Jacob 2 speaks a bit on the topic of polygamy presenting first the rule and then the exception.

The rule: “Wherefore, my brethren, hear me, and hearken to the word of the Lord: For there shall not any man among you have save it be one wife; and concubines he shall have none;” (verse 27).

One man, and one woman. This is the rule. God does allow for one caveat to this rule as found in verse 30. “For if I will, saith the Lord of Hosts, raise up seed unto me, I will command my people; otherwise they shall hearken unto these things” (emphasis added).

It suggests that polygamy is used in extremely specific circumstances when it is necessary to quickly build up a righteous posterity. It’s not the rule, but it is a practical solution that may be necessary for very specific circumstances for a very specific purpose—like building the family from which the entire twelve tribes of Israel would originate.

Similarly, D&C 132:63 indicates that plural wives would be permitted for the sake of multiplying and replenishing the earth. At the time in church history when the Lord did permit plural marriage, an estimated 60,000-70,000 converted Saints immigrated to the United Saints. What tremendous growth! How exciting and invigorating that would have been for the membership in the Salt Lake Valley! And yet, the Lord needs balance in His Church. He describes this in Jacob 2:48:

“And it came to pass that the servant said unto his master: Is it not the loftiness of thy vineyard—have not the branches thereof overcome the roots which are good? And because the branches have overcome the roots thereof, behold they grew faster than the strength of the roots, taking strength unto themselves. Behold, I say, is not this the cause that the trees of thy vineyard have become corrupted?”

In order to keep the roots of the Church in harmony with its branches, the Lord instituted a quick way for a large posterity of “roots” to be born; members born into the church who could help the thousands of converts flooding in to grow into the gospel. Just as there was a specific time and reason that Adam and Eve’s children would have wed and conceived children, and a specific time when Jacob would have been authorized to have multiple wives to raise up a nation, polygamy was practiced in the early days of the Church to build up a righteous posterity that was needed to build the Kingdom of God and keep the branches of the Church from overcoming its roots. When this purpose was fulfilled, the practice was stopped.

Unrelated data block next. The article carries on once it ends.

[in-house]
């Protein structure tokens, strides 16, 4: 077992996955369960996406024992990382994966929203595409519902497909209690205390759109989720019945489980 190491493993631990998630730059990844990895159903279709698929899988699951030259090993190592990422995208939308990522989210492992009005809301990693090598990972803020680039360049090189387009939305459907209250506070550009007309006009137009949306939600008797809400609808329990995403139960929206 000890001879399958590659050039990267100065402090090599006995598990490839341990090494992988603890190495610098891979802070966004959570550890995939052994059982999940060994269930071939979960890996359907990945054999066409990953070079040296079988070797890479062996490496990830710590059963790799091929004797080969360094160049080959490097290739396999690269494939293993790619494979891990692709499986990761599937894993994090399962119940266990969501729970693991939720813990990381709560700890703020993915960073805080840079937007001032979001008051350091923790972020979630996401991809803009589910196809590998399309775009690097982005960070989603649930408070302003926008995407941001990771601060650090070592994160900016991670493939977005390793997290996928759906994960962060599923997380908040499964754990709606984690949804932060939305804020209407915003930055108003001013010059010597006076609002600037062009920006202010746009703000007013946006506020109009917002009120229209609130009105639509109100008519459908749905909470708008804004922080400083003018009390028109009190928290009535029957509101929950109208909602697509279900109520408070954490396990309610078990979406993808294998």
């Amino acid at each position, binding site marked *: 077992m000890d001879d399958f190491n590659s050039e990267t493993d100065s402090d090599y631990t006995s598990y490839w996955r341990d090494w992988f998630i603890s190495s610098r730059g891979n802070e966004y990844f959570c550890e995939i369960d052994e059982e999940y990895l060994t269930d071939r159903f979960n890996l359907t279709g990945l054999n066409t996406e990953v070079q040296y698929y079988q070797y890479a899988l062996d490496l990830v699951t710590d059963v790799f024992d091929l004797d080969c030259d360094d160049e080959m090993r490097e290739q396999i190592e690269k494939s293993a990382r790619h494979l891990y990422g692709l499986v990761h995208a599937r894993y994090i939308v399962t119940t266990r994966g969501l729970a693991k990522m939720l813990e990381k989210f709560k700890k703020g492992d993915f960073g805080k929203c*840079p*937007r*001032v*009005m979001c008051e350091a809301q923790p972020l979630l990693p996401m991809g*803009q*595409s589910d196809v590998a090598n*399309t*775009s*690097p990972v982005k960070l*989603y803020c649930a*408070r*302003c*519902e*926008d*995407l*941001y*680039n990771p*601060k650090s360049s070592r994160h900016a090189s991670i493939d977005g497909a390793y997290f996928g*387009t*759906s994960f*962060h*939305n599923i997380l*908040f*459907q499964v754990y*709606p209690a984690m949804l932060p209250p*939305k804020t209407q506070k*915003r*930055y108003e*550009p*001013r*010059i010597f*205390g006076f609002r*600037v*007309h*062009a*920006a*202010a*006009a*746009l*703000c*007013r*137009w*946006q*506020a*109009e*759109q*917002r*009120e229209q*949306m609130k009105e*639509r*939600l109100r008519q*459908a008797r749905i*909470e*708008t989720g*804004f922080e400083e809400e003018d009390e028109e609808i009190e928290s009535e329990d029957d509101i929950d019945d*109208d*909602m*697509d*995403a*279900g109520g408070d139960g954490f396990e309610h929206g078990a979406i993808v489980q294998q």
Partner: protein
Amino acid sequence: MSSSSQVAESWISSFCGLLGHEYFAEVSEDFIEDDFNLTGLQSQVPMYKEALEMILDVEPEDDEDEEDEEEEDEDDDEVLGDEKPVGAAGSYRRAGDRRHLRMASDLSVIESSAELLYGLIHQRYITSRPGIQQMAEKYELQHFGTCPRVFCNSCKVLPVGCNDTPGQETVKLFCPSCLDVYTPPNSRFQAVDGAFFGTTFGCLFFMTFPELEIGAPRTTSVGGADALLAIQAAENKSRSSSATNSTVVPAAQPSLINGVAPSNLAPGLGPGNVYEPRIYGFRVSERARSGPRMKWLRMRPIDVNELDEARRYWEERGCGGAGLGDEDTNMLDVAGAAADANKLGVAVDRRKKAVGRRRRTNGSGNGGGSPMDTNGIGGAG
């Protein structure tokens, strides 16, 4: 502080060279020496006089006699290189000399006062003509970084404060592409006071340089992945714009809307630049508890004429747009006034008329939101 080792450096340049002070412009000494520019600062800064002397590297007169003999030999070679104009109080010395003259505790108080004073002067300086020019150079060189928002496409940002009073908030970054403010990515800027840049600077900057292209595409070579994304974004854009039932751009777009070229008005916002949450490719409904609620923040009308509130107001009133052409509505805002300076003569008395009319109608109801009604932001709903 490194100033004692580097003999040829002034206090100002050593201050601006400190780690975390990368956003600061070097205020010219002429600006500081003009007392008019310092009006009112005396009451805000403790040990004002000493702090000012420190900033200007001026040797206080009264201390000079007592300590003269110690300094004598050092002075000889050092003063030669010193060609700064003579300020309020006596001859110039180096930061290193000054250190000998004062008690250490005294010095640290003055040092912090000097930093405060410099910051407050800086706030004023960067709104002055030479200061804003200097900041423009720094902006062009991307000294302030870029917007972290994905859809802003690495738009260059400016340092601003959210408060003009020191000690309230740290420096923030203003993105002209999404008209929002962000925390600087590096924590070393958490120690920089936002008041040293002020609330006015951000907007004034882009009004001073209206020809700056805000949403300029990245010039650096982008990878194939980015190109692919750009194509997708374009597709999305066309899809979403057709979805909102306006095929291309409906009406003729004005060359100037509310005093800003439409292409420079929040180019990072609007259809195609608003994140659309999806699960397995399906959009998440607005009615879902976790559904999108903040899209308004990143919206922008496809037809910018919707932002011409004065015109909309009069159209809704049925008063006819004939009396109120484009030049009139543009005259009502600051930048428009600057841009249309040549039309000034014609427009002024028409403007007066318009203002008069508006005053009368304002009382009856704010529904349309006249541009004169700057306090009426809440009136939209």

While I’m extremely grateful that the Lord’s rule is marriage between one man and one woman, as a practical woman, the temporary need for the practice of plural marriage does make sense to me. It brings me peace that at more than 16.5 million strong in church membership, we probably won’t be asked to participate in this practice again.

This research brought me peace, and I hope it brings you peace, too.

Disclaimer: While all of my answers will use scriptures and/or words of modern prophets, I do not represent The Church of Jesus Christ of Latter-day Saints. I don’t believe any of my answers are comprehensive. I’m just one person using the gospel I have been blessed with to bring hope, peace, and answers to other seekers of truth.